Heather Dewey-Hagborg is a transdisciplinary artist and educator who is interested in art as research and critical practice. Dewey-Hagborg has been working on DNA-derived portraits since 2012, a process that is both a contribution to portraiture as well as a novel development in the field of genetics-based arts. Her controversial biopolitical art practice includes the project Stranger Visions, in which she created portrait sculptures from analyses of genetic material (hair, cigarette butts, chewed up gum) collected in public places. Her most recent work Probably Chelsea (2017) is a collection of several DNA-derived sculptural portraits of Chelsea Manning and illustrates a multitude of ways in which DNA can be interpreted.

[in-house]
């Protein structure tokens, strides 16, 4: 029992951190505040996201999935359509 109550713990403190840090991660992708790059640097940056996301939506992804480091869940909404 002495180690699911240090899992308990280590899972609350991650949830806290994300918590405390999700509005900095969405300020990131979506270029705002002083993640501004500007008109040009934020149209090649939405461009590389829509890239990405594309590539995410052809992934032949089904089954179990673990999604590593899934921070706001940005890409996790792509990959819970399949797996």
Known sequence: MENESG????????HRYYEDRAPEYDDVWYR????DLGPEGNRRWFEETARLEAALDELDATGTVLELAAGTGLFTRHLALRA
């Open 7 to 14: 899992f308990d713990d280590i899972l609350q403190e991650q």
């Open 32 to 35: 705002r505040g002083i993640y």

Dewey-Hagborg's work has been internationally at events and venues including the World Economic Forum, Shenzhen Urbanism and Architecture Biennale, the New Museum, as well as PS1 MOMA and has been acquired into collections of the Centre Pompidou, The Van Abbemuseum, and New York Historical Society. Her work has been widely discussed in the media, from the New York Times and the BBC to TED and Wired. Dewey-Hagborg received a PhD in Electronic Arts from Rensselaer Polytechnic Institute and held the position of an Assistant Processor of Art and Technology Studies at the School of the Art Institute of Chicago.